Shed and garage security

People don't often secure their shed or garage in the same way they do their homes. People often end up using a flimsy lock or padlock to protect the contents. Burglars know sheds are a weak point when it comes to security and often see them as easy targets.

Most common items stolen from your shed or garage

  • Bikes
  • Mowers
  • Garden tools
  • Power tools

Shed security

  • Make sure that your shed door, door frame and walls are solid.

  • Replace any damaged or rotten areas with new sections.
  • Try to place the shed door facing your house and not too close to a perimeter wall or gate.
  • Consider keeping valuable items in a strong lockable box or cage.
  • Fit two closed shackle padlocks on strong padlock hasps - one a third of the way up from the bottom of the door and one a third of the way down from the top of the door.
  • Fit wire mesh or bars on the inside of your window frames.
  • Wrap a strong chain around and through the handles of garden tools, lawn mowers, cycles etc and secure the chain to the wall using a padlock or a ground anchor fixed to the base of the shed.
  • Consider integrating your shed into your home alarm system, especially if you have valuable items in it. Use door contact sensors and check your glass is secure before installing break glass sensors.
  • Illuminate the area around your shed using dusk till dawn lighting.
  • Security mark your tools, use a UV pen or mark it with a forensic marking solution such as Smartwater or Selecta DNA.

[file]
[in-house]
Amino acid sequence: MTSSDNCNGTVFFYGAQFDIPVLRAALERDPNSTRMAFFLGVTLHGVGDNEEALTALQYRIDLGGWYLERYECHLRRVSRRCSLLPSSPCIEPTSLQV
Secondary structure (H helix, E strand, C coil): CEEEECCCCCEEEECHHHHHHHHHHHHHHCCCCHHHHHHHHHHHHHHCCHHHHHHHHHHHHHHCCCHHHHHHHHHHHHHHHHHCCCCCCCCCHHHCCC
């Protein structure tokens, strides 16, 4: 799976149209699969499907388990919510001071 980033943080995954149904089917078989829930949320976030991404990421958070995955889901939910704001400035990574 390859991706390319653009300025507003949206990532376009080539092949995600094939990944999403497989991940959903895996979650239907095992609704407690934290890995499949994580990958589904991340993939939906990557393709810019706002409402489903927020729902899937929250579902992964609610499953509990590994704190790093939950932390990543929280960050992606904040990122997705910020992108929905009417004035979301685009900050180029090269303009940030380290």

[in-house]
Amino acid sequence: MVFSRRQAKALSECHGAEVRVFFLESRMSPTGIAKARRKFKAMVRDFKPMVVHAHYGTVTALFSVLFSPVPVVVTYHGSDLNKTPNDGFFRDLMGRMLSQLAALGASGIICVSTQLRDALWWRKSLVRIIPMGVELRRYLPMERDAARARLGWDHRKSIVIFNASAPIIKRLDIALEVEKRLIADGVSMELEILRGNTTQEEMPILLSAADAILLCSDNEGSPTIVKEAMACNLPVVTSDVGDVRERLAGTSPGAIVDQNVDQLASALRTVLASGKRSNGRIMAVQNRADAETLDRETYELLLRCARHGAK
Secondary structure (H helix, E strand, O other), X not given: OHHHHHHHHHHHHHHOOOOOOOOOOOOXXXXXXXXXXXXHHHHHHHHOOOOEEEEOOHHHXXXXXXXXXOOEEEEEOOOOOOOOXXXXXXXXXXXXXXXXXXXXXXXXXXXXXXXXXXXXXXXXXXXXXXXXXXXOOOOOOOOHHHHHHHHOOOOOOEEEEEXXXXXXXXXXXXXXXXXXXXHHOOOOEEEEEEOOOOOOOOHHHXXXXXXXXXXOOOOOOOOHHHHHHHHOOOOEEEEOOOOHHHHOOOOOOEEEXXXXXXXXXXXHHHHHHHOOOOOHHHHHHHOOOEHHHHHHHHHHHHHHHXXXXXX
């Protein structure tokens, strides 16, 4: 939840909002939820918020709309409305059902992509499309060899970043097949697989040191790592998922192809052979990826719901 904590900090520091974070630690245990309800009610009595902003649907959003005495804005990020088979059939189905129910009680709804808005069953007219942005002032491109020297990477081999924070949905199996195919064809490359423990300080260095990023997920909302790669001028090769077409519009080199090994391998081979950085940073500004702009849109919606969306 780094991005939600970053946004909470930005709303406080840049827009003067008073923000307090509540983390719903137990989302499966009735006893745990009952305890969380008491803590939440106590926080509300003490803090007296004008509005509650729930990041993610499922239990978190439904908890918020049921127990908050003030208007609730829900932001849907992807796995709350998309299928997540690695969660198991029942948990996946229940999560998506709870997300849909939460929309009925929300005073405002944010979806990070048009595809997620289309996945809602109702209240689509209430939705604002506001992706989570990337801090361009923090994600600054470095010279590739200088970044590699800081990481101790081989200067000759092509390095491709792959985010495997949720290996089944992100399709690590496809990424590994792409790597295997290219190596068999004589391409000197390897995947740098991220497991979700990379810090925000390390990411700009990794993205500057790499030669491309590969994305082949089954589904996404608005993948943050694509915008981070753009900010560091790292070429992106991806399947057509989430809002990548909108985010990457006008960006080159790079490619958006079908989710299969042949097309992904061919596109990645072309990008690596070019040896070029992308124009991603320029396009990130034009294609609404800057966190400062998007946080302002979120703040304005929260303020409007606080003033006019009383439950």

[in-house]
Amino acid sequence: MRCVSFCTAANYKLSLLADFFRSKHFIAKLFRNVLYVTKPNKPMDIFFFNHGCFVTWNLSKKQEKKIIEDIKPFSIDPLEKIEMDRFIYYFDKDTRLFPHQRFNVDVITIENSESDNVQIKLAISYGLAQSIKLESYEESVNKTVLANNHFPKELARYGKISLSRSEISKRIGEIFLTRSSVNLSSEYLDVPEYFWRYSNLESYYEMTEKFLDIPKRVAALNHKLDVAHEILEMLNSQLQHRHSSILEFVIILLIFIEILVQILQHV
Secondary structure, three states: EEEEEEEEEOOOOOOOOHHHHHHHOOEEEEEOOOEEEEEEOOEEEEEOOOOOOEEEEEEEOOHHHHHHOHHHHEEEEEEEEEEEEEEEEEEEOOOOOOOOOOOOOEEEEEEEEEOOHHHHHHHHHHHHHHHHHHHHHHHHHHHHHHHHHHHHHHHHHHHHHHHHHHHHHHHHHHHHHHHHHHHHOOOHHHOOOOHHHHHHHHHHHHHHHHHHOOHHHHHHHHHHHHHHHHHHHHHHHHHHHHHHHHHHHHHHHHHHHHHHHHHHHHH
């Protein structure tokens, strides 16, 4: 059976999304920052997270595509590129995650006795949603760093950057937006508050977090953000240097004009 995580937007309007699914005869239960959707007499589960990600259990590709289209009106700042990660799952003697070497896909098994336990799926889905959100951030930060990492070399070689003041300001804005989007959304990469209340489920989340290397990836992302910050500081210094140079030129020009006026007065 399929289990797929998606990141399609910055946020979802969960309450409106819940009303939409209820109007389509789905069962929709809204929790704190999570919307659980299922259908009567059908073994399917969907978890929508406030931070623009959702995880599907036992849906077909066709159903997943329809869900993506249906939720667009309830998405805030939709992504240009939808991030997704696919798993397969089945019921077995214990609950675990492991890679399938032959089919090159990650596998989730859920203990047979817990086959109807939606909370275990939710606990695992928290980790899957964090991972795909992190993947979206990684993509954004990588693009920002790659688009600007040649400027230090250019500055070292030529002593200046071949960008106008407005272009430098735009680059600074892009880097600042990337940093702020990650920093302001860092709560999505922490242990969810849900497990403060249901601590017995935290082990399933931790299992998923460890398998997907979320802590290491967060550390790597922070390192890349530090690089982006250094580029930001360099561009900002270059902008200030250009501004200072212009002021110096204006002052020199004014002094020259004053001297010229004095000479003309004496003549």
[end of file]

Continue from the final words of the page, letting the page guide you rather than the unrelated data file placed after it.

Garage security

  • If you have a household alarm fitted, consider extending the system into the garage area.

  • Fit a garage door blocker on the outside of the door. This product bolts permanently to the floor, has a large 'T' bar shaped restrictor and a quality locking device.
  • Consider fitting a pair of garage door locks that are fitted either vertically or horizontally and can be locked either from the inside or outside of the garage.
  • Install dead bolts mounted one on each edge of the door inside the garage. When in use, the locks throw a bolt into the doorframe or the concrete floor of the garage.
  • Various good quality 'up and over' or 'rolling' deadlocking door handles can be purchased to replace any existing poor quality locks to give better security.
  • Consider purchasing loop cables. These have a long braided steel cable and a two-bolt anchor locking point. These fix to garage walls or floors and can be passed through expensive property such as quad bikes, etc. Some cables are alarmed.


Leaflet for Printing

This leaflet has been made available in order to be printed and displayed for educational and support purposes.


Page last reviewed May 2023